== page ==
Despite these growth limitations, the cash flow means that nothing less than the economic viability of the US online gambling market as it is currently constituted rests upon the number of states which adopt igaming, in our view. However, not only is this politically more fraught at a high level, but it captures a much less forgiving mix of vested interests: it is no coincidence that in CT igaming has been restricted to the lottery and the tribes. We remain bearish on igaming adoption for this reason, with our top-down state-by-state model still pointing to 15% in the ‘realistically hopeful’ category or US$5bn market. Igaming markets that start to bite into land-based revenues could also become politically dangerous, as we have flagged previously.
The latest statistics therefore still point to a combined digital TAM of US$12bn in revenue terms. The bullish can inflate this to US$20bn with bonuses, but this achieves nothing in terms of monetizable economic activity (ie, the M in TAM isn’t actually a market). Equally, with the two biggest states in the TAM economically or literally closed (FL and NY), while most of the rest are over-competed, a bigger TAM currently just means the potential to make bigger losses in small and mid-sized states. California then becomes key, but wagering on the politics of California is more of a lottery than a calculated bet.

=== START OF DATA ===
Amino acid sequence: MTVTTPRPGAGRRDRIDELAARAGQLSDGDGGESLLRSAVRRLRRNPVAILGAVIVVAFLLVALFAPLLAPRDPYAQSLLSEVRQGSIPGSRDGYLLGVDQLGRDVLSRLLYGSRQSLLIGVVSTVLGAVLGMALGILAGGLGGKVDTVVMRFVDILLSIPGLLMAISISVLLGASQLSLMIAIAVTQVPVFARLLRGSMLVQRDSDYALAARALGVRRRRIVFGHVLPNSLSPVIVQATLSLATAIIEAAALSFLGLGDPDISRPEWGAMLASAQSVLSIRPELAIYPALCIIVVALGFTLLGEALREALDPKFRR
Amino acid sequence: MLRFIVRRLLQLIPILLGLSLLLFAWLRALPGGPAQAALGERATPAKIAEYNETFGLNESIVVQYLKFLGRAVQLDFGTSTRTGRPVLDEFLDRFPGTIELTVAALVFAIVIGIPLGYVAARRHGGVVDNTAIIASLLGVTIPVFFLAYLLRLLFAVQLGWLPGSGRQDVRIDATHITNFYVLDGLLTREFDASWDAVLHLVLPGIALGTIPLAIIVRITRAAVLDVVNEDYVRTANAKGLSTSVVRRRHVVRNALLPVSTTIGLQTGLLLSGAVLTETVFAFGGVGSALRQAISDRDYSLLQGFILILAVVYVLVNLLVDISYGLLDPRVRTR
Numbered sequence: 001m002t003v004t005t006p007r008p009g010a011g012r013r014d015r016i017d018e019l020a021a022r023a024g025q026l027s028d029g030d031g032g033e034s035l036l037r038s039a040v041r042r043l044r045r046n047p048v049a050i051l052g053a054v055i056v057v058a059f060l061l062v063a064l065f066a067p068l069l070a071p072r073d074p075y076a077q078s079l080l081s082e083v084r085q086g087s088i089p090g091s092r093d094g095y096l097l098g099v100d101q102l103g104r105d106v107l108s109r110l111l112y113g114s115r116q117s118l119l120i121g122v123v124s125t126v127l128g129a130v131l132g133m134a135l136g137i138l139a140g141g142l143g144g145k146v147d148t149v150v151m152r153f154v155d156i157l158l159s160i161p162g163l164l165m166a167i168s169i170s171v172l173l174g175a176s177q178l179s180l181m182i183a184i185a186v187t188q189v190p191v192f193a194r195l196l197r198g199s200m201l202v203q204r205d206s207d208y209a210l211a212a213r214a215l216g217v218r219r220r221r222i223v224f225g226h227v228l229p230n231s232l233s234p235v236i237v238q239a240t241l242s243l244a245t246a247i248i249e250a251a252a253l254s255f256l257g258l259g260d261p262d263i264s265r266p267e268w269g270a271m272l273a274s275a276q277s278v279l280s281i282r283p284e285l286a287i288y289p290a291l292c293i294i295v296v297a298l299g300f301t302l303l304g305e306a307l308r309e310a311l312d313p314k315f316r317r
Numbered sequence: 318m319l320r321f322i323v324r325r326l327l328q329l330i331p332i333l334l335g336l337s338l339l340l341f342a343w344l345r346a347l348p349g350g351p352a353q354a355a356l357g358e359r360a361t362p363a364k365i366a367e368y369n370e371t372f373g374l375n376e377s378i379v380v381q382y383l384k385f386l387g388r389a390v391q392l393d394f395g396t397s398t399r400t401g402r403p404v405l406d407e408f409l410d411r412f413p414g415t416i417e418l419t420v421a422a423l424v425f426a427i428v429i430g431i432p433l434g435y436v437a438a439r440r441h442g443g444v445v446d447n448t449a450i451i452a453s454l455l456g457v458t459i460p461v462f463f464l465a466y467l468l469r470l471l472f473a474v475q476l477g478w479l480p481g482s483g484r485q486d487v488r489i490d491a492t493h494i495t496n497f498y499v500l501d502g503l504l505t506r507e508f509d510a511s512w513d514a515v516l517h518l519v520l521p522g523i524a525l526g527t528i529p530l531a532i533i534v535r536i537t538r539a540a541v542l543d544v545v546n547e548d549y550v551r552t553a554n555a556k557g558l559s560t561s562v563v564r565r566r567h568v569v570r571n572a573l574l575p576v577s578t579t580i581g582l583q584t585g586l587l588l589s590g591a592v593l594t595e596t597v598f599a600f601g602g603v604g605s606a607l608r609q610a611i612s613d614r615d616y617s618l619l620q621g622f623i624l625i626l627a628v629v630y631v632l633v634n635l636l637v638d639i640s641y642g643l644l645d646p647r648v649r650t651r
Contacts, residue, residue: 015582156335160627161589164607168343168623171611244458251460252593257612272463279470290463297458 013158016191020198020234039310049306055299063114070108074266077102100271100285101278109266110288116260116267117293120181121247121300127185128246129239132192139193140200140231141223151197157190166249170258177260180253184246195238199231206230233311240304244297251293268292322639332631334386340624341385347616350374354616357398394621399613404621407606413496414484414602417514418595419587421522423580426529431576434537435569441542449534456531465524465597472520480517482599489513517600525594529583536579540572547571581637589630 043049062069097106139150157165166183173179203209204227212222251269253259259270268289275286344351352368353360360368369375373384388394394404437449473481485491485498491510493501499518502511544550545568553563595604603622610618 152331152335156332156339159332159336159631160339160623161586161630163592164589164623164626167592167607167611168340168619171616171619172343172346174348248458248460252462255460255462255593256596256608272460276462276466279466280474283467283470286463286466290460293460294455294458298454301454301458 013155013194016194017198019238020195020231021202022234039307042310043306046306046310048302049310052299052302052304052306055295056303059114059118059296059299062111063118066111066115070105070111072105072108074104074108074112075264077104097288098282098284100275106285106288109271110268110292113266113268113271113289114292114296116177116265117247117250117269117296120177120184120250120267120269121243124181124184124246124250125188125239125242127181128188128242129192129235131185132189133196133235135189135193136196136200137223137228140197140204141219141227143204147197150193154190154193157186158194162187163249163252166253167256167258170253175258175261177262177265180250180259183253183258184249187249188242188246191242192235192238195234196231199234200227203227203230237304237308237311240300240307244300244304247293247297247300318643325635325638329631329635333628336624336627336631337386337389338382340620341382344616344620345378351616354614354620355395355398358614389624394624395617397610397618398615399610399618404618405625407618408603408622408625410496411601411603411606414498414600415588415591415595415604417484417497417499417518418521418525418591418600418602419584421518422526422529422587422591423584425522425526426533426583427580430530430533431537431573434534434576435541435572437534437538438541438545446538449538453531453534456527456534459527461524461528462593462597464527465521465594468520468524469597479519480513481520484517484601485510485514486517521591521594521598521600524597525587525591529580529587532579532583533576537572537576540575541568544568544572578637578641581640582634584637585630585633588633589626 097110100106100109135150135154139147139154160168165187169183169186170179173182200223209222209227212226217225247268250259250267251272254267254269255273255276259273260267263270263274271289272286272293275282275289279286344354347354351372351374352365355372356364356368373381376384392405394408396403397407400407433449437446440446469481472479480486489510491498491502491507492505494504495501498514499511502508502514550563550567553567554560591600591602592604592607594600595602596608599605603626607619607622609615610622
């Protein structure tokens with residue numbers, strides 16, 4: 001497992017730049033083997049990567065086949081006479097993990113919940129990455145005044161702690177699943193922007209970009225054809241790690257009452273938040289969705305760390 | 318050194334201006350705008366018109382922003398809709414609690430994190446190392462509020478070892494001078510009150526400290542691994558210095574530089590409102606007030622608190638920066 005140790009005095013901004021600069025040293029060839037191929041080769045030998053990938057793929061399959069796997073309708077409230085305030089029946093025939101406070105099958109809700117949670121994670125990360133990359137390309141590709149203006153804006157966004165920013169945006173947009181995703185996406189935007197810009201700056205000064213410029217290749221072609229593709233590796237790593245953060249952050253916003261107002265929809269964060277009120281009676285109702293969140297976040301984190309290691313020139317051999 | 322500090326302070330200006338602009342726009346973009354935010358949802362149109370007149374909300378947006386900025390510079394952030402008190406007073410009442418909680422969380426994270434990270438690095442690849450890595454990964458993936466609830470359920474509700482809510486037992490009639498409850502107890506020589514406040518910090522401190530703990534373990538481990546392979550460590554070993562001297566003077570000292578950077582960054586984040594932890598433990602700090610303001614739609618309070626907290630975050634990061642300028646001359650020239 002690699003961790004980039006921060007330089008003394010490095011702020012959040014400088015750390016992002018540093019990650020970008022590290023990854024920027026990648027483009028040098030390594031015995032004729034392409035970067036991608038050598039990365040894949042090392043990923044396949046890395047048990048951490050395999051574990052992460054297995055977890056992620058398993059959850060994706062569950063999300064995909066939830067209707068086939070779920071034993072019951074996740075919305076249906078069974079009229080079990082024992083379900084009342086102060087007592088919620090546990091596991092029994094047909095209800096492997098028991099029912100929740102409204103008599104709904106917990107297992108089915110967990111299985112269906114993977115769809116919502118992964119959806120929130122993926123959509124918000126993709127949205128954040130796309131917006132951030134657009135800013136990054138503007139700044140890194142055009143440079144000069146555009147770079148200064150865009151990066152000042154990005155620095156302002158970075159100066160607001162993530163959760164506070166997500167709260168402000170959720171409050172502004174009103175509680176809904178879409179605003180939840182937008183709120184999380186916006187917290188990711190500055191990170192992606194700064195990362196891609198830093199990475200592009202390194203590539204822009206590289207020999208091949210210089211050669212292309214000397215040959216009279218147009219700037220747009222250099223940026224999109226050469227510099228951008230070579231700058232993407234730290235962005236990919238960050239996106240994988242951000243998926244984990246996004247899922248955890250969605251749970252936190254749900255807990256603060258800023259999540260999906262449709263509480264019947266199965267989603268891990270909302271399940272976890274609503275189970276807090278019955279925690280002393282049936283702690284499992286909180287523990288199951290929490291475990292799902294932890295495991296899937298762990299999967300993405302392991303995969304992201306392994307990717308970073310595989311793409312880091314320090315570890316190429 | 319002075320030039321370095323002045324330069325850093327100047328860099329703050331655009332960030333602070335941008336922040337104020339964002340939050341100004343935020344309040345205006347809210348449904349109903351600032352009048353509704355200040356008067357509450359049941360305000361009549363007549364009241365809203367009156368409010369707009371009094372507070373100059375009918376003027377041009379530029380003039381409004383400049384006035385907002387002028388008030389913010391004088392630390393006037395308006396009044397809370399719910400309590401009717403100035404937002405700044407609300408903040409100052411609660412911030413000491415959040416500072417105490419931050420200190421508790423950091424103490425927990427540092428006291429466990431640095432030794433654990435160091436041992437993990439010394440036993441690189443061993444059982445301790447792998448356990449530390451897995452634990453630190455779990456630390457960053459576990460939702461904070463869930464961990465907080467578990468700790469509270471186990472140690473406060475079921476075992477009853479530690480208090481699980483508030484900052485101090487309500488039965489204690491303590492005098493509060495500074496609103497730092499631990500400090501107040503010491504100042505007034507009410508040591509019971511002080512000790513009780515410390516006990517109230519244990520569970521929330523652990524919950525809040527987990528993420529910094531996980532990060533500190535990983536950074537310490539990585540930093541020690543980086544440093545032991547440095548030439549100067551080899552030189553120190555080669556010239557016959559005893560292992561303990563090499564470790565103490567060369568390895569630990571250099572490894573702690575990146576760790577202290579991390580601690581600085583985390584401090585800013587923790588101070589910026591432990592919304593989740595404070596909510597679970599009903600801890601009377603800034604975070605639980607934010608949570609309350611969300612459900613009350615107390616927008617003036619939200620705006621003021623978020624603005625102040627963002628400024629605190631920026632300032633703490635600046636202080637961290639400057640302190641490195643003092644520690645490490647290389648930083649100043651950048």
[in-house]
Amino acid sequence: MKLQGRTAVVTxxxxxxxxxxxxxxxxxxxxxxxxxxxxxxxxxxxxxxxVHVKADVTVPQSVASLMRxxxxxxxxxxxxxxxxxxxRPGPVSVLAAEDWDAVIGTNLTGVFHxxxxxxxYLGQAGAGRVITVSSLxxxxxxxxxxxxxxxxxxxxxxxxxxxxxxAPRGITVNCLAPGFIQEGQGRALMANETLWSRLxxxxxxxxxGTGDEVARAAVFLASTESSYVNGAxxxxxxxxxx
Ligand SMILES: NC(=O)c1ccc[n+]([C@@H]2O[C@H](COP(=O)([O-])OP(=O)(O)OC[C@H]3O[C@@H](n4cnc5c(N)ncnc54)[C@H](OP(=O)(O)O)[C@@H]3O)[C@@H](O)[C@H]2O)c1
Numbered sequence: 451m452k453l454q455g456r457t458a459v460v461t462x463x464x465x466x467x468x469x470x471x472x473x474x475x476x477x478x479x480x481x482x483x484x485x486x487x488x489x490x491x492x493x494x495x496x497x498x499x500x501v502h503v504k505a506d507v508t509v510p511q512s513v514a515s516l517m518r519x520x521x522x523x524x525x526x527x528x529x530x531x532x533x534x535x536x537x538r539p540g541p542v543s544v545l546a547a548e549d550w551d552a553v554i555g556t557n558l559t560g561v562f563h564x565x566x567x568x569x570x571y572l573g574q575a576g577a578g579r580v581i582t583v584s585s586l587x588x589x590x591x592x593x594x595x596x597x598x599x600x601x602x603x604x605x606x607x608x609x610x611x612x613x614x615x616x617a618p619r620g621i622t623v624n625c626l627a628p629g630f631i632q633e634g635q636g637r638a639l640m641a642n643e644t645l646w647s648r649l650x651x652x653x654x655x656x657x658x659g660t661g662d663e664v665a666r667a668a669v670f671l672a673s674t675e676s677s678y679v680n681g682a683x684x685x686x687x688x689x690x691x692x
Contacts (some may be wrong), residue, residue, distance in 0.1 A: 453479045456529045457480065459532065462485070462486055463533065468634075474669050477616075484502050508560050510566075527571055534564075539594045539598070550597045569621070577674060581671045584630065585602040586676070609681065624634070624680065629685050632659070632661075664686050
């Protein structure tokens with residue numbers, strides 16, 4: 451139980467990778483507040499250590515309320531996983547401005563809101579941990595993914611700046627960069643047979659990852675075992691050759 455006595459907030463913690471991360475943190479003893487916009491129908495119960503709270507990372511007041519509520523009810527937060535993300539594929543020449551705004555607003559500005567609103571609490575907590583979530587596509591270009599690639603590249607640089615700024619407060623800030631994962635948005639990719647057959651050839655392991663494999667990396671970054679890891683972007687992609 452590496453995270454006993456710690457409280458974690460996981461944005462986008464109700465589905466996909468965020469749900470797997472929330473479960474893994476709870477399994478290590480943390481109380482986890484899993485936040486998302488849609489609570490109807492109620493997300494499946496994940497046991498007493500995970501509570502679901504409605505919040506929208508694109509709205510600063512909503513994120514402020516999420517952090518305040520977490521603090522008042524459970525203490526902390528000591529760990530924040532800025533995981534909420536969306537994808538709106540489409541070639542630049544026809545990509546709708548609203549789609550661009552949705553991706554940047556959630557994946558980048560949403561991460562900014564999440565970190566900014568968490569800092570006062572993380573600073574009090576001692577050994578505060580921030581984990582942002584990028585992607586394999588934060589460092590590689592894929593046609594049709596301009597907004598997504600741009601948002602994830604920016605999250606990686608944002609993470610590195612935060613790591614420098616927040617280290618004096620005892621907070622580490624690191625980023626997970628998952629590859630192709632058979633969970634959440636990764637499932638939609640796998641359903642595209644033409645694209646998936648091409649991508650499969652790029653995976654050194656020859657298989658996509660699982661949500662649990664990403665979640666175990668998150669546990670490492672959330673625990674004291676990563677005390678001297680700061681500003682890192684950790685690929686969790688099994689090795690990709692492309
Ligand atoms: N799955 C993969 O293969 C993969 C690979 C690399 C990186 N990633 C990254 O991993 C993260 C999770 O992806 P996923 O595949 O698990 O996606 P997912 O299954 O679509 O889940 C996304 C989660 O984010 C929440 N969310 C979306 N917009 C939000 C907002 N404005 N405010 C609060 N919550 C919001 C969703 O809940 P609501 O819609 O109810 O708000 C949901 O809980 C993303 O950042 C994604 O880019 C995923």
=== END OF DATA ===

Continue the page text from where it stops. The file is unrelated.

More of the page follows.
Ever bullish interpretations of monthly activity statistics are as dangerously seductive as counting down the miles to Moscow: the sort of progress that looks great on a large-scale map, or in its business equivalent of a top-down spreadsheet but is in reality just a benchmark of strategic and operational overstretch. Without a fundamental rethink of how the US online gambling customer is being served by most market protagonists (operators, suppliers, regulators) it is hard to see any outcome but disaster.
Featured article edited by SBC from ‘Winning Post’ Sunday 24 October 2021 (click on the below logo to access a full unedited version)